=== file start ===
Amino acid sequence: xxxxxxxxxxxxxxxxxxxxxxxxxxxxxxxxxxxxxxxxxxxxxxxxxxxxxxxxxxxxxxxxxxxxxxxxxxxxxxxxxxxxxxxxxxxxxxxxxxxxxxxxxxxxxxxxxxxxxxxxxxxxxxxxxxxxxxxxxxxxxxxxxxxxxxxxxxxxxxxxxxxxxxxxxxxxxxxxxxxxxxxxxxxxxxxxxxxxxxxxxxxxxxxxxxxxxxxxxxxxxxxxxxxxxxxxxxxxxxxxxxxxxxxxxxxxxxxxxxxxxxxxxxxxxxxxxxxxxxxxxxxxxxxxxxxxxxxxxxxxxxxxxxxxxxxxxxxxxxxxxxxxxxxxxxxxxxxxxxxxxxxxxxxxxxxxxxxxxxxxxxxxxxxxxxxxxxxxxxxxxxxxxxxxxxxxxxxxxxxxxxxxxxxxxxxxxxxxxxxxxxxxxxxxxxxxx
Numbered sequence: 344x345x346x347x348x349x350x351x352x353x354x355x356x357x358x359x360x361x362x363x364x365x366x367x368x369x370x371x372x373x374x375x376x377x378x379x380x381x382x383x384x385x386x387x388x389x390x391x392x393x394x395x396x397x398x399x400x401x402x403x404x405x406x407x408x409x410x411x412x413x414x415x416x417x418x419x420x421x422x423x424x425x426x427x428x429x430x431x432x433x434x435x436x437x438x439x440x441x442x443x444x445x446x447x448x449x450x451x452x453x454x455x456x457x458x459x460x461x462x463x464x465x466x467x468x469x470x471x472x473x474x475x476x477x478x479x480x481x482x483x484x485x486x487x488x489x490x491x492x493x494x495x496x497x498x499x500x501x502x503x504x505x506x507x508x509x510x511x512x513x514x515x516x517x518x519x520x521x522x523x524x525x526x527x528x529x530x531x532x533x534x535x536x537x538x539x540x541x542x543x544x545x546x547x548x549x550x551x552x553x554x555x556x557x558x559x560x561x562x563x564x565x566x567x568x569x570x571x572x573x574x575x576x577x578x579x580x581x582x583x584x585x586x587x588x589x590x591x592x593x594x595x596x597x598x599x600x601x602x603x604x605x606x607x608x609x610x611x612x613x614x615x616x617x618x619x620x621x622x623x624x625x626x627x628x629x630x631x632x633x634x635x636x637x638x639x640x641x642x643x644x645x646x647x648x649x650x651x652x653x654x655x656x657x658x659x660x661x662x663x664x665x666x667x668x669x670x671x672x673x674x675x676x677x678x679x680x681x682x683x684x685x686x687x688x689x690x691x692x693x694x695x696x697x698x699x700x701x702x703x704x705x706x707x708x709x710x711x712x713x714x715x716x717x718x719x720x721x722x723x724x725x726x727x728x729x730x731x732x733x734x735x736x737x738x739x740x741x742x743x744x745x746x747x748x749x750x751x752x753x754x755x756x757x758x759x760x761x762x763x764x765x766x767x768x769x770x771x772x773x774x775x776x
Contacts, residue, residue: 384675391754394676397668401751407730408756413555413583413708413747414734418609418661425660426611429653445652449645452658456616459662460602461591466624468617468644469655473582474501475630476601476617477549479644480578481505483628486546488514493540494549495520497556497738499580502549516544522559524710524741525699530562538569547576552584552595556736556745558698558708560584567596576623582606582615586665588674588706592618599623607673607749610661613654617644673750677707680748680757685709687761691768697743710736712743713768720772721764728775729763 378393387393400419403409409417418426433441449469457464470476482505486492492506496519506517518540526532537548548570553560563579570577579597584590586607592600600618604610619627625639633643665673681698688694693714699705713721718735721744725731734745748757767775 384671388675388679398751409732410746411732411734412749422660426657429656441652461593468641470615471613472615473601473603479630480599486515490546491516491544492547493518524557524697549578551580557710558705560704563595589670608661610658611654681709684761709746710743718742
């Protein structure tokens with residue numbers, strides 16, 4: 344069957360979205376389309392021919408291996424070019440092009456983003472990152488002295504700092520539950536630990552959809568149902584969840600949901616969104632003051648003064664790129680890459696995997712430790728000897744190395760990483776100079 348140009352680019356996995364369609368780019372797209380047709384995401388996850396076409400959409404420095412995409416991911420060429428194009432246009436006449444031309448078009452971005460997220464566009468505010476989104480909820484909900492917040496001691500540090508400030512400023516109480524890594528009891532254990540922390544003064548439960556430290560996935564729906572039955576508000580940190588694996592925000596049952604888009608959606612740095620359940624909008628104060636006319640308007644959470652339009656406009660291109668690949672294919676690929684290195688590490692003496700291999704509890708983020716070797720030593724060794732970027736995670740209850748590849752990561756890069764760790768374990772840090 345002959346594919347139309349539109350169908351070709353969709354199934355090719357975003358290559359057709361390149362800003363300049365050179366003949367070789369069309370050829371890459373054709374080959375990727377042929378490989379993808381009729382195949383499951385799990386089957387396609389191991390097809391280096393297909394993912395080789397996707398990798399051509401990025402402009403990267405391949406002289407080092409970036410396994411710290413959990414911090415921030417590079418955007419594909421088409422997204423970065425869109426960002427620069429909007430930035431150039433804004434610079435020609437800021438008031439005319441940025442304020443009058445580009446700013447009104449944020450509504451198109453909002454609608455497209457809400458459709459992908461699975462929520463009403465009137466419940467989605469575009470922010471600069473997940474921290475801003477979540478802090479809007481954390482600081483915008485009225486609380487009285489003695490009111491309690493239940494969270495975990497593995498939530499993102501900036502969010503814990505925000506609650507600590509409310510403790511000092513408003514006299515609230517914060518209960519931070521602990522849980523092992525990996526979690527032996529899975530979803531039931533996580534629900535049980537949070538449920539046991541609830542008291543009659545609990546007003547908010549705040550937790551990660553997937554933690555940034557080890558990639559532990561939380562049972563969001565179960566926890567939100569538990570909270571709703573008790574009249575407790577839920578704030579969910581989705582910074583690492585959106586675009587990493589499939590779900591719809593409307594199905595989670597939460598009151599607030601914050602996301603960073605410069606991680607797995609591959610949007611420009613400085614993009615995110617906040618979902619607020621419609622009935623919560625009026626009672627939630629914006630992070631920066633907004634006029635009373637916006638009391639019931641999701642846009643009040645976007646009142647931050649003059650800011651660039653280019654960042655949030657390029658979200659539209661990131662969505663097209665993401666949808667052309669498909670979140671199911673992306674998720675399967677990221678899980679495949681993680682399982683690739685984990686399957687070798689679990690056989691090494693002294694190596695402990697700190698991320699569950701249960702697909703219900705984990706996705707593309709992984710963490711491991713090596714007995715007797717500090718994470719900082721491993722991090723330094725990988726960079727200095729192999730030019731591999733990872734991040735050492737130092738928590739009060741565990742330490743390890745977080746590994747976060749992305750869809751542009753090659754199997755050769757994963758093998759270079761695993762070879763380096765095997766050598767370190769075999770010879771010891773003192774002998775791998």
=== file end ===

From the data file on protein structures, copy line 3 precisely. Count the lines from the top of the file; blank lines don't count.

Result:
Contacts, residue, residue: 384675391754394676397668401751407730408756413555413583413708413747414734418609418661425660426611429653445652449645452658456616459662460602461591466624468617468644469655473582474501475630476601476617477549479644480578481505483628486546488514493540494549495520497556497738499580502549516544522559524710524741525699530562538569547576552584552595556736556745558698558708560584567596576623582606582615586665588674588706592618599623607673607749610661613654617644673750677707680748680757685709687761691768697743710736712743713768720772721764728775729763 378393387393400419403409409417418426433441449469457464470476482505486492492506496519506517518540526532537548548570553560563579570577579597584590586607592600600618604610619627625639633643665673681698688694693714699705713721718735721744725731734745748757767775 384671388675388679398751409732410746411732411734412749422660426657429656441652461593468641470615471613472615473601473603479630480599486515490546491516491544492547493518524557524697549578551580557710558705560704563595589670608661610658611654681709684761709746710743718742